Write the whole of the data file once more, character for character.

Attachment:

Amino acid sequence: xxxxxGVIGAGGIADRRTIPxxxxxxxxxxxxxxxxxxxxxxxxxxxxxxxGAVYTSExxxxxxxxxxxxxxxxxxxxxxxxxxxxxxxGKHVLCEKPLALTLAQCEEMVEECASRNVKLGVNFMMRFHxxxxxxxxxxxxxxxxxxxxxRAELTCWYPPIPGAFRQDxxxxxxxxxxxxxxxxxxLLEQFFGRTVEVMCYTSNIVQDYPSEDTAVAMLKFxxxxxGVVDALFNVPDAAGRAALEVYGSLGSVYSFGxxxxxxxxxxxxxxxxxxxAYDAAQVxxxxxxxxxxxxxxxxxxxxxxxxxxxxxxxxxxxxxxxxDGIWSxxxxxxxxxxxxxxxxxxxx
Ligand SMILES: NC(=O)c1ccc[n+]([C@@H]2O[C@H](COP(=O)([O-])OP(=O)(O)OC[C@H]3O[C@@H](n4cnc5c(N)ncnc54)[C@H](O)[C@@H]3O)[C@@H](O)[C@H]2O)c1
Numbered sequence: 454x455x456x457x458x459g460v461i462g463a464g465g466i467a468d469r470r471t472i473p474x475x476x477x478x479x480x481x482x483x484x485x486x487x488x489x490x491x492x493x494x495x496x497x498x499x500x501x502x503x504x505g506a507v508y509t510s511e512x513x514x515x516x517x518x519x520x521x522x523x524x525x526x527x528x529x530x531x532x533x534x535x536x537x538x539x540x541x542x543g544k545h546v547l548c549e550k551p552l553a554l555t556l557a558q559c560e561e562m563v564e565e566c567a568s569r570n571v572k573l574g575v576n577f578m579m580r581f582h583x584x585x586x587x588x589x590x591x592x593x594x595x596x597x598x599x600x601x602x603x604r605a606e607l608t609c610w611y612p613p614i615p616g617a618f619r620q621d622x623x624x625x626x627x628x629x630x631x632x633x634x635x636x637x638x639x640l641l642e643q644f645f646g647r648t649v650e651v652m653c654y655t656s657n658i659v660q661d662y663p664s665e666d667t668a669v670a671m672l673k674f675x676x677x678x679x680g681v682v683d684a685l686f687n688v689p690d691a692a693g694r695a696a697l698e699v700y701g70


Amino acid sequence: xxxxxGVIGAGGIADRRTIPxxxxxxxxxxxxxxxxxxxxxxxxxxxxxxxGAVYTSExxxxxxxxxxxxxxxxxxxxxxxxxxxxxxxGKHVLCEKPLALTLAQCEEMVEECASRNVKLGVNFMMRFHxxxxxxxxxxxxxxxxxxxxxRAELTCWYPPIPGAFRQDxxxxxxxxxxxxxxxxxxLLEQFFGRTVEVMCYTSNIVQDYPSEDTAVAMLKFxxxxxGVVDALFNVPDAAGRAALEVYGSLGSVYSFGxxxxxxxxxxxxxxxxxxxAYDAAQVxxxxxxxxxxxxxxxxxxxxxxxxxxxxxxxxxxxxxxxxDGIWSxxxxxxxxxxxxxxxxxxxx
Ligand SMILES: NC(=O)c1ccc[n+]([C@@H]2O[C@H](COP(=O)([O-])OP(=O)(O)OC[C@H]3O[C@@H](n4cnc5c(N)ncnc54)[C@H](O)[C@@H]3O)[C@@H](O)[C@H]2O)c1
Numbered sequence: 454x455x456x457x458x459g460v461i462g463a464g465g466i467a468d469r470r471t472i473p474x475x476x477x478x479x480x481x482x483x484x485x486x487x488x489x490x491x492x493x494x495x496x497x498x499x500x501x502x503x504x505g506a507v508y509t510s511e512x513x514x515x516x517x518x519x520x521x522x523x524x525x526x527x528x529x530x531x532x533x534x535x536x537x538x539x540x541x542x543g544k545h546v547l548c549e550k551p552l553a554l555t556l557a558q559c560e561e562m563v564e565e566c567a568s569r570n571v572k573l574g575v576n577f578m579m580r581f582h583x584x585x586x587x588x589x590x591x592x593x594x595x596x597x598x599x600x601x602x603x604r605a606e607l608t609c610w611y612p613p614i615p616g617a618f619r620q621d622x623x624x625x626x627x628x629x630x631x632x633x634x635x636x637x638x639x640l641l642e643q644f645f646g647r648t649v650e651v652m653c654y655t656s657n658i659v660q661d662y663p664s665e666d667t668a669v670a671m672l673k674f675x676x677x678x679x680g681v682v683d684a685l686f687n688v689p690d691a692a693g694r695a696a697l698e699v700y701g70